Citation: 2010 TCC 197
HER MAJESTY THE QUEEN,
REASONS FOR ORDER
 The Appellant, a self-represented litigant, brought this Motion to compel full documentary disclosure pursuant to Rule 82(1) of the Tax Court of Canada Rules (General Procedure) (the “Rules”).
 In 2002, the Royal Canadian Mounted Police (“RCMP”) conducted an investigation of the Appellant in respect to an illegal marijuana growing operation and subsequently charged him. These charges were later stayed and the Appellant has not been convicted of any offence in respect to the alleged operation.
 In 2003, the Canada Revenue Agency (“CRA”) contacted the Appellant and requested information which the Appellant refused to provide.
 In 2004, an audit was commenced and on February 16, 2005, CRA advised the Appellant that proposed assessments in respect to unreported business income would be issued. Subsequently, in 2005, CRA issued a notice of proposed assessment for the taxation years 1999 to 2003, which was later confirmed in 2008.
 During this period, the Appellant made two separate Privacy Requests for information and documentation under the Privacy Act (R.S., 1985, c. P-21), one to CRA and one to the RCMP. After a lengthy period of time, particularly in the RCMP request, both Privacy Requests were denied.
 On December 23, 2005 the Appellant filed a Petition in the British Columbia Supreme Court against Her Majesty the Queen, the Minister of National Revenue, the CRA and the Minister of Finance respecting various Constitutional challenges. In addition, the Appellant sought an order that he not be required to provide any information to the Respondent in respect to any of the assessments or objections on the basis that such information, if provided, could be used against him in a criminal prosecution. At the hearing of this Motion on January 5, 2009, the Appellant requested an adjournment which was denied and the application was voluntarily abandoned by the Appellant.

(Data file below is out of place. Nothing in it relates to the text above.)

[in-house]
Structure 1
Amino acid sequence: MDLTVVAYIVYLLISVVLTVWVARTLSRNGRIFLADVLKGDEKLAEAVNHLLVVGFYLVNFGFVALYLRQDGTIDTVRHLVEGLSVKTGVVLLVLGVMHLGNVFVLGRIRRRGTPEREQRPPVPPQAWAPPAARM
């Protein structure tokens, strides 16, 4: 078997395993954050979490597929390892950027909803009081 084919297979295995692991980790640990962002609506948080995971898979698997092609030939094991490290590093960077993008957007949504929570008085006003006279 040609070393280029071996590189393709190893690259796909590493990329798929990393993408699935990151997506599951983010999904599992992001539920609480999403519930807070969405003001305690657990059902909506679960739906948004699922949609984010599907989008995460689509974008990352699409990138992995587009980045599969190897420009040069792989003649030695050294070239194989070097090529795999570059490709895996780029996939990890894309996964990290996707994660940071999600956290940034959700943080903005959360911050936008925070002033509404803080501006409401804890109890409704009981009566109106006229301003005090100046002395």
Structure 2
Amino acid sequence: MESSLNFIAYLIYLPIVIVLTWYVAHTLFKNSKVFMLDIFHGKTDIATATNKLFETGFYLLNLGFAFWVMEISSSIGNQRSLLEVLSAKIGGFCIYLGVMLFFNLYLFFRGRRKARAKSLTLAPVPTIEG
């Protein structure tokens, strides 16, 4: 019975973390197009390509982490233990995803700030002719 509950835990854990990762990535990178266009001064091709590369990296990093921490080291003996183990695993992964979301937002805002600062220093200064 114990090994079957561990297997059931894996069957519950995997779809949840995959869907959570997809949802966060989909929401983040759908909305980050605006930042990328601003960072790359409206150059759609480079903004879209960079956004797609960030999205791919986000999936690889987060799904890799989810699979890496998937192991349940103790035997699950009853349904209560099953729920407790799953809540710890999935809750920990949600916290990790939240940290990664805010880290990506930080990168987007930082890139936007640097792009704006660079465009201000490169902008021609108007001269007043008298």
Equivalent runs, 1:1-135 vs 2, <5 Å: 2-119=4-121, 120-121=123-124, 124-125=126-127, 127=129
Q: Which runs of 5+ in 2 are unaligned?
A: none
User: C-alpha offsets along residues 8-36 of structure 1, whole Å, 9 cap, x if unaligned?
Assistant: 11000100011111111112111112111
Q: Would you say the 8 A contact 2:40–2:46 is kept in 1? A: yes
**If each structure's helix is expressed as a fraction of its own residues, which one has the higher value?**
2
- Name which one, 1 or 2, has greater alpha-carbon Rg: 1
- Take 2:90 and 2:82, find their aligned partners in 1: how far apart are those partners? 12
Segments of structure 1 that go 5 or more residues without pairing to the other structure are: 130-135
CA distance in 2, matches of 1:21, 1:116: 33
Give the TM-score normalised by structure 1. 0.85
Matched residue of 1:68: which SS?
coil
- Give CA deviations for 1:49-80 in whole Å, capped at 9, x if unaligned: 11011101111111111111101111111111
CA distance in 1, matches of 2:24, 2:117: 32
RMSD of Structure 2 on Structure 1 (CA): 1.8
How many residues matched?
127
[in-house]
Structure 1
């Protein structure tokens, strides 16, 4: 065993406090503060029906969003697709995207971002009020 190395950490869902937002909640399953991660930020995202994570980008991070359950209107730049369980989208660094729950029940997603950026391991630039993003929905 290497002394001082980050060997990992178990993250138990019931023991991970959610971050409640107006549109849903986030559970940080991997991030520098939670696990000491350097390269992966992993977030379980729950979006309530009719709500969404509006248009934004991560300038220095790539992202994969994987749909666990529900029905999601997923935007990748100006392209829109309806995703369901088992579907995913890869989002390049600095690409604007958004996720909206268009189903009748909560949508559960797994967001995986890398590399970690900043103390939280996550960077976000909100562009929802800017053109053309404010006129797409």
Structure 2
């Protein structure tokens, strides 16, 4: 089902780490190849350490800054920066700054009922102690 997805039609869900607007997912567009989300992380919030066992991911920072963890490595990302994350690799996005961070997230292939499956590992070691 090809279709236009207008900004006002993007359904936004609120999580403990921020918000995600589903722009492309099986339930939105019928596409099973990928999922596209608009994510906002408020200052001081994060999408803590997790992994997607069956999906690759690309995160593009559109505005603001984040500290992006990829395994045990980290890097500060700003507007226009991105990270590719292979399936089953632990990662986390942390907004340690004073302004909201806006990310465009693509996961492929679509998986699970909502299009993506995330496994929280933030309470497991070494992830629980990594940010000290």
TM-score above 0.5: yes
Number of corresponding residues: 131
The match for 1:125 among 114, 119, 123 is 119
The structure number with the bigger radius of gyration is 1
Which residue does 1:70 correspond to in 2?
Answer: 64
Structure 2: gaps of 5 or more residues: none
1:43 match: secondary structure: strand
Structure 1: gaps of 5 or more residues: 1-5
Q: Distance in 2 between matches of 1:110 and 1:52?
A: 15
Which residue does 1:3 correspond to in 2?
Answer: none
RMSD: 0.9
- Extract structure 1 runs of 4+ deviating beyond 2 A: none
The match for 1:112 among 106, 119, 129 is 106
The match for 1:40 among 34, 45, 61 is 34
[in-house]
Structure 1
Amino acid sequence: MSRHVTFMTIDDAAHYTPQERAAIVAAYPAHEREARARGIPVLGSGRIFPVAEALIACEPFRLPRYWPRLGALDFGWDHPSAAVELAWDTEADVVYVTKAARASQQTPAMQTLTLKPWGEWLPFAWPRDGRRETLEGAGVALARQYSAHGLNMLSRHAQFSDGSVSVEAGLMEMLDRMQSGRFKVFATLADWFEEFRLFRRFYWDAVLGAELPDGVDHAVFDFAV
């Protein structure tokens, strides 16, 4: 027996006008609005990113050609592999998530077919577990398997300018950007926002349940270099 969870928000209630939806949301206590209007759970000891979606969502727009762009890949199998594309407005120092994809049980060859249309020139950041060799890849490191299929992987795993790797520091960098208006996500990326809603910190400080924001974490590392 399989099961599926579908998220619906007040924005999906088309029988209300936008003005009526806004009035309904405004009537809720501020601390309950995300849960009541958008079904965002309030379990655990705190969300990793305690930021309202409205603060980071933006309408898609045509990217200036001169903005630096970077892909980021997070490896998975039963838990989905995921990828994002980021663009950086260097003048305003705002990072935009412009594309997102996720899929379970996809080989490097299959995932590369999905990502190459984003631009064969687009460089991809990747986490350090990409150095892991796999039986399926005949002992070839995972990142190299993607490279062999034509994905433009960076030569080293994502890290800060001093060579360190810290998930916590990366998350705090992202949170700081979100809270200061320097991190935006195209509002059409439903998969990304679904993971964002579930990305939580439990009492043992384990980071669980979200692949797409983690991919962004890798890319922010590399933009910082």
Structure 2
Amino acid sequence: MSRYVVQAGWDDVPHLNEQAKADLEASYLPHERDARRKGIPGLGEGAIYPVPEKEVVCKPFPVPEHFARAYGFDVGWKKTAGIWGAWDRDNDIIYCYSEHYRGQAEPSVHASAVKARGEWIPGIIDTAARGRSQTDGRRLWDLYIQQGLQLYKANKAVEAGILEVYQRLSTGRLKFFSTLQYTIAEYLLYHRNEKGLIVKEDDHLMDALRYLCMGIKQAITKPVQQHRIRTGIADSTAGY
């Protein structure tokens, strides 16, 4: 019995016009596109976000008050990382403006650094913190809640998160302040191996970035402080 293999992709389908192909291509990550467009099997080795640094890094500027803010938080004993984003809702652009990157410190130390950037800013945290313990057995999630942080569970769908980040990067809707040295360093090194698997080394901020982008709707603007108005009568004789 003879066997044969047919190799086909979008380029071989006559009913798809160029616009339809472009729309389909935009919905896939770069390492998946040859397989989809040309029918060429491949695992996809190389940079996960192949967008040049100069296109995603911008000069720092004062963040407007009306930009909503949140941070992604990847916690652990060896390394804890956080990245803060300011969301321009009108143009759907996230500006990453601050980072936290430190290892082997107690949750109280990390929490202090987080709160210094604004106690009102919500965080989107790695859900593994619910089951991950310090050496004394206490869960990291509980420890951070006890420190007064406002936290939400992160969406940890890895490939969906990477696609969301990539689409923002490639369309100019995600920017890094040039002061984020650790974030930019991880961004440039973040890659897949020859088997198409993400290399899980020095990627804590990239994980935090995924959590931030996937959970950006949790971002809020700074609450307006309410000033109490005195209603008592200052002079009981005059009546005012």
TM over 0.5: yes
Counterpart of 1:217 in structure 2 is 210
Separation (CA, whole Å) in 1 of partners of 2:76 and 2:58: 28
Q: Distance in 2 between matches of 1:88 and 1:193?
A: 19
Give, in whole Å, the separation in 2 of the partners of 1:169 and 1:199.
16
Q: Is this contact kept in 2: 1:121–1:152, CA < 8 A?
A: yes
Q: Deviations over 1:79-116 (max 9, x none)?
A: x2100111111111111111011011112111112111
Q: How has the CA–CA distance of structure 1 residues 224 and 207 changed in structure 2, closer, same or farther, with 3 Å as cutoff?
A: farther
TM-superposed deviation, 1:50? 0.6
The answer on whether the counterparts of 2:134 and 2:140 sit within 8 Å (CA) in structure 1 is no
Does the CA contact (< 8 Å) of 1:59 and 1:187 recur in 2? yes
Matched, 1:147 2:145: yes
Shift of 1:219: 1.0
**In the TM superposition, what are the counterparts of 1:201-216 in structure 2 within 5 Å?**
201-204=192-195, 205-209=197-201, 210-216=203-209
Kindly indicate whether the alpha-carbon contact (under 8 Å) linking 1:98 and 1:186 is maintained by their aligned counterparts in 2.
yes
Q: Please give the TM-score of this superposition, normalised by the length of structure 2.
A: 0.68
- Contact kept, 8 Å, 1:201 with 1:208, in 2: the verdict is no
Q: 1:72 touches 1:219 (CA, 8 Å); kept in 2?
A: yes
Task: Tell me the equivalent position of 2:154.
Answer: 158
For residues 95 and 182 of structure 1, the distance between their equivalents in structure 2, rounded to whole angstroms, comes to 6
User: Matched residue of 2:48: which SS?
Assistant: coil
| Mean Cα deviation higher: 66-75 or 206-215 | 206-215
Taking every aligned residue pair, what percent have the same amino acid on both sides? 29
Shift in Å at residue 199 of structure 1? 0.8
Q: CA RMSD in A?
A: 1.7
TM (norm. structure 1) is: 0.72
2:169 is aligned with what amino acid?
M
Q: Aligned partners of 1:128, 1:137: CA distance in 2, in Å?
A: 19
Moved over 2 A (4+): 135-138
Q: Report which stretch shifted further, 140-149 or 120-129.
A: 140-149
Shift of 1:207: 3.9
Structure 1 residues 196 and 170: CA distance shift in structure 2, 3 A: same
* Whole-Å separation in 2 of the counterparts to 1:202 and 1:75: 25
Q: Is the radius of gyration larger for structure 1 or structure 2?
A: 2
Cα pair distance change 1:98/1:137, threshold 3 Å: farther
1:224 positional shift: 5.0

The Appellant appealed the reassessment for amounts owing as unreported business income by filing a Notice of Appeal on April 1, 2009. A Reply to the Notice of Appeal was filed on June 19, 2009 with the Appellant delivering an Answer to the Reply on July 17, 2009.
 On August 7, 2009, the Appellant requested the Respondent’s consent to the preparation of a list of documents on the basis of full disclosure pursuant to Rule 82(1) of the Rules. The Respondent did not consent but proposed a timetable for the completion of steps in the appeal process beginning with an exchange of partial lists of documents pursuant to Rule 81. On September 22, 2009, the Appellant continued his request for full disclosure and rejected the Respondent’s proposed timetable. The matter was set down for a status hearing with permission given to the Appellant to bring the present Motion for full disclosure at this time.
 The Appellant’s Motion is brought at the close of the pleadings but before the occurrence of any step in the appeal process, including production of lists of documents and discoveries.
The Appellant’s Position:
 The Appellant alleges that the audit process was actually a criminal investigation and that information that he provides will be passed along to the RCMP in a further or continued criminal prosecution. At paragraph 50 of his Affidavit dated December 11, 2009 filed in support of the Motion, he states:
50. CRA is not asking me for information in relation to employment for example, these officials are seeking information in relation to income from an alleged illegal activity which to date, the Crown has stayed charges for want of evidence to convict. To give them any information by me could be an admission of participation in an illegal activity and could and/or would be used against me in a criminal prosecution by the RCMP pursuant to their Agreements to do so, and permit the Crown to prosecute once again.
 The Appellant’s position is that certain Canadian Charter of Rights and Freedoms (“Charter”) rights have been engaged as a result of CRA’s investigative approach. He therefore requires full disclosure from CRA and seeks unilateral disclosure, claiming that he cannot reciprocate with full disclosure because any information that he might share with the Minister is tantamount to self-incrimination. This assertion is premised on the notion of preventive Charter protections. With respect to timing, he has requested full disclosure at the close of the pleadings so that he can determine with certainty the intentions of CRA prior to further steps in the proceeding being taken and to determine if he will be filing for Charter relief.
The Respondent’s Position:
 The Respondent states that the Appellant has not provided sufficient reasons to grant an order for full disclosure and that if such an order were granted it would put the Respondent to considerable time and expense in assembling the documents in order to comply.
 The Respondent’s position is that the Appellant has several alternative remedies available to him including:
(1) obtaining documents and information through other avenues such as the Privacy Act and the Access to Information Act;
(2) obtaining documents and information through the exchange of partial lists of documents and examinations for discovery and subsequent undertakings;